This blog is for those of you who have already learned some basics of Beijinghua (北京话, Beijing Dialect) and are ready to take their Erhua (儿话, another term for Beijing Dialect) to the next level. Having lived on and off in Beijing for many years, I’ve found Beijinghua to be a lot of fun and, oddly, a natural fit with my American accent. The American pronunciation of “r” for words like “water” and “car,” to the untrained ear at least, sound a lot like the “r” in Erhua, though I’m told there are some subtle differences. Laobeijing (老北京, native-born Beijingers) really appreciate any effort at using the dialect, and it definitely helps with bargaining and negotiating with locals. The following are 10 commonly used Beijinghua expressions that require an intermediate level of Mandarin to say, but it takes a lot more than that to understand what comes in response.
A person that one has grown up with since childhood
Nǐmen liǎ zěnme nàme shōu xī wǒmen liǎ cóngxiǎo jiù zài yīkuài er, wǒmen liǎ shì fāxiǎo’ér.
Why do you seem to know each other so well? It’s because we grew up together since we were small; we are childhood friends.
Next door neighbor. In both standard Mandarin and Beijinghua, the character is 壁 (bì, wall) for the second part of the word, but standard Mandarin uses the character 隔 (gé, separate) in front, meaning “separated by a wall.” But Beijingers use the character 介 (jiè, between), indicating “between walls.”
Tā zhù zài wǒ de jiè bì er.
He lives next door to me.
Piàn tāng huàr
To gossip. This is a colorful expression because it literally means “flat noodle soup talk.”
Nǐ xiǎo shuǎi zhè piàn tāng huà er!
You better stop gossiping so much!
The Beijinghua word for gecko is different from the standard Mandarin word, 壁虎 (bìhǔ, wall tiger). Instead, they say 蝎了虎子, which means “scorpion tiger.” I’m not sure why Beijingers add the word scorpion. Perhaps it is the gecko’s ability to drive scorpions away by depleting their primary source of food, crickets.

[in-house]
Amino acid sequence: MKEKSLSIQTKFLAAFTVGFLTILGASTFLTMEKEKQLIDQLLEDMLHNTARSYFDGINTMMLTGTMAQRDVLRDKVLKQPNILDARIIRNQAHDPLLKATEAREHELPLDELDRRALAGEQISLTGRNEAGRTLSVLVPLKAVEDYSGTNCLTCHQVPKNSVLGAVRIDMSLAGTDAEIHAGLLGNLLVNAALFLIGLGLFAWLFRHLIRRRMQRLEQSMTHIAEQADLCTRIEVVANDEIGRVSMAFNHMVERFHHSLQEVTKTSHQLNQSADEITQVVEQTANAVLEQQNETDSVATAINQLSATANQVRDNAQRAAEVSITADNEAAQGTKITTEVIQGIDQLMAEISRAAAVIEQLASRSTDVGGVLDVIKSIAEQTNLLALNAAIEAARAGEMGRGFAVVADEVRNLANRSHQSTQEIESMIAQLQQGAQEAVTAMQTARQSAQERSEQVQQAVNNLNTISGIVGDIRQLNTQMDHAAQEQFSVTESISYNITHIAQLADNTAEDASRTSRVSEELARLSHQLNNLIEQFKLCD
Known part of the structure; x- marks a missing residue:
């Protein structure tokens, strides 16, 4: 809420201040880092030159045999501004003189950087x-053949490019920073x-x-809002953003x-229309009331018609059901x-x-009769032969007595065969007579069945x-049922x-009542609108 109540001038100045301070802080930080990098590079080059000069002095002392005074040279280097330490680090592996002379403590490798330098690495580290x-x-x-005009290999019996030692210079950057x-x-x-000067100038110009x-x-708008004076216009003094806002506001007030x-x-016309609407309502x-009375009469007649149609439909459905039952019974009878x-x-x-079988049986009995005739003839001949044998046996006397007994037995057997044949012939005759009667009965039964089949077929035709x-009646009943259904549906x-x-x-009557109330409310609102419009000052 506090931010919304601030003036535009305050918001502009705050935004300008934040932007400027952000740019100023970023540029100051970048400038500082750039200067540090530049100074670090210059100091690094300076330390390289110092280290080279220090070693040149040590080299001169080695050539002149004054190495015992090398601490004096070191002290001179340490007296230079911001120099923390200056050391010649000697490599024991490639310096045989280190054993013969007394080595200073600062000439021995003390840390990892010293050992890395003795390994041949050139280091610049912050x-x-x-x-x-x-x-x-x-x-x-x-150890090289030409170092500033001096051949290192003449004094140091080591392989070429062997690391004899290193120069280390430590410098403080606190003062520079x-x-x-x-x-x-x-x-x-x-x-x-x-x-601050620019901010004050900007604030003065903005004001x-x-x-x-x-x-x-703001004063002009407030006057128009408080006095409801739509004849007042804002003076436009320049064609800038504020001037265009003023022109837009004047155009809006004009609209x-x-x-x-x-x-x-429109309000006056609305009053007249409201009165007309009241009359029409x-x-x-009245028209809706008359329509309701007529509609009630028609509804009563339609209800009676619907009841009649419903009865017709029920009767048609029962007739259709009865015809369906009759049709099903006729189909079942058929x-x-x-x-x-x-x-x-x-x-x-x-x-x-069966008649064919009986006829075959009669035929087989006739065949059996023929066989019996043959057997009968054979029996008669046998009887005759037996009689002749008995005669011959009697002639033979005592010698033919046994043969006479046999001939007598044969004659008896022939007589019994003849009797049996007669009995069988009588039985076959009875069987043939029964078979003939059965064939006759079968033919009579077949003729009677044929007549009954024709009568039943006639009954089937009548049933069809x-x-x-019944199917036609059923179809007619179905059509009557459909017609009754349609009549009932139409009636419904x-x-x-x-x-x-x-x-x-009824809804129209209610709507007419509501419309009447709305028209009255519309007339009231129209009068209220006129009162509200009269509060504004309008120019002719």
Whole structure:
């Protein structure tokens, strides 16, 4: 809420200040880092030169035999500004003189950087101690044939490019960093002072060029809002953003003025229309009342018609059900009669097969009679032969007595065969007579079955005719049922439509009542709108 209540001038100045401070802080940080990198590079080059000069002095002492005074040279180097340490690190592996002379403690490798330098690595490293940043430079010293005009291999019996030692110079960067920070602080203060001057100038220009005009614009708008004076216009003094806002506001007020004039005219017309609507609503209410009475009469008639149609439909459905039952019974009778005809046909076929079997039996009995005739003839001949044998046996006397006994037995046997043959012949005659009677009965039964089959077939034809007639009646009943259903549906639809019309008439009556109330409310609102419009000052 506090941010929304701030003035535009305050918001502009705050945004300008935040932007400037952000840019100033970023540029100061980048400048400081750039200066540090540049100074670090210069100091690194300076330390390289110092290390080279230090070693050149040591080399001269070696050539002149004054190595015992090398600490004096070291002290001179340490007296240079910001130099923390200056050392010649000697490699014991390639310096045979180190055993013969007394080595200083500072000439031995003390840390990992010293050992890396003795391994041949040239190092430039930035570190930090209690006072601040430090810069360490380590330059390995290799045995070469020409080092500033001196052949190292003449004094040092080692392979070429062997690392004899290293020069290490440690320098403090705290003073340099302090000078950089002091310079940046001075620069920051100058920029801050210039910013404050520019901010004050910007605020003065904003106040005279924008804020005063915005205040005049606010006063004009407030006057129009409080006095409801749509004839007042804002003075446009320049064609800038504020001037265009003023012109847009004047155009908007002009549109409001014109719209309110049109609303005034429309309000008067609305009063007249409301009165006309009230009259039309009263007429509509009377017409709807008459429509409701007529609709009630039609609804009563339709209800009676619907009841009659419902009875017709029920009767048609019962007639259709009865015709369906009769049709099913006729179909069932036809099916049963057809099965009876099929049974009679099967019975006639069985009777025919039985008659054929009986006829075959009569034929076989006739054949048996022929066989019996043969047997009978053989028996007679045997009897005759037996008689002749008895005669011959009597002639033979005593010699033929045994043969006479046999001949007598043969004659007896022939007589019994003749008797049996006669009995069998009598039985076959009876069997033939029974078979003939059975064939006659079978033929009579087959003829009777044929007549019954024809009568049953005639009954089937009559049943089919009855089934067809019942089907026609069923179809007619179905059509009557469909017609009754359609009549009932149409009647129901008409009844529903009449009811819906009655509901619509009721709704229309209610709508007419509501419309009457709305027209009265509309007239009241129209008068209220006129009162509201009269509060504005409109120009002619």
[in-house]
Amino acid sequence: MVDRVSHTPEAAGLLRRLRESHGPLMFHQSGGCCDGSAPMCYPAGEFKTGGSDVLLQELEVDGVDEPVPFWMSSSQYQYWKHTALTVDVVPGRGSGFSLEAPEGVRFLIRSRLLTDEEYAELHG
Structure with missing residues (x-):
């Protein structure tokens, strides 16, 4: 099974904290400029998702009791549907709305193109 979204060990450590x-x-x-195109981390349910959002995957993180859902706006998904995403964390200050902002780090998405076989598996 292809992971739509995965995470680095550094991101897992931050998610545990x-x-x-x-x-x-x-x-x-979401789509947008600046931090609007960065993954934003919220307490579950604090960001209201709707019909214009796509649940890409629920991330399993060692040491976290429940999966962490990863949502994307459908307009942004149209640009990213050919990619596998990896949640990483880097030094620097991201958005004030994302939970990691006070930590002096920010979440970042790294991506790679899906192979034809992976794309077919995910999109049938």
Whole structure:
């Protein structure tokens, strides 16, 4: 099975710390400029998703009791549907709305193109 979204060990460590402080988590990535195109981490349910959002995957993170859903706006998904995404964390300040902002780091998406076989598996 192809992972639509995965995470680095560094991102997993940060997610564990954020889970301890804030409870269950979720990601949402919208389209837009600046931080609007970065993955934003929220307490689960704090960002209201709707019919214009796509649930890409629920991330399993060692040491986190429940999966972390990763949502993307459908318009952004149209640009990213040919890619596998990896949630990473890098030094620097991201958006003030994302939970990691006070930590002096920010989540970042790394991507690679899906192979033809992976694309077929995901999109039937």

Běijīng rén guǎn bìhǔ bù jiào bìhǔ, jiào xiēle hǔ zi
Beijing people call geckos “Scorpion Tigers.”
Jiǔ diǎn kāihuì nǐ hái méi dào, nǐ kuài yīdiǎner, jiù děng nǐ, málier!
Our meeting starts at 9 o’clock and you still haven’t arrived; hurry up, we’re waiting for you, so snap to it!
Mǎnzuǐ pǎo huǒchē
Literally translated, it means “a train running around the whole mouth.” It describes someone who is talking nonsense.
Lǎo zhāng zhè rén zǒng shuō méi biān er dehuà zǒng shì mǎnzuǐ pǎo huǒchē.
Old Zhang is always exaggerating. Everything he says is complete nonsense.
To finally become silent and at ease. Word-for-word, 消 (xiāo), means to extinguish and 停 (tíng) means to stop.
Jièbìr xiǎohái’ér yītiān dào wǎn chāochaonàonào bù xiāoting.
The next door neighbor’s child is always crying and making noise, and it just won’t pipe down.
Pàng sānr zhè rén xīxīhāhā méi zhèng xíng
Fat Number Three Son is always joking around, he’s never serious.
Zài zhège kènjiér shàng wǒ néng zuò de hěn shǎo.
At this critical moment, there’s not much I can do.
Chuánwén èr líng yī’èr shìjiè mòrì yàgēn er jiù méiyǒu zhè huí shì er.
The rumor about the end of the world taking place in 2012 is simply not true.
Keep a look out for more of my upcoming blogs on Beijinghua. If you’re more of a beginner, here is an introduction to the basics – Beijinghua 101.
Photo courtesy of Carole Lauener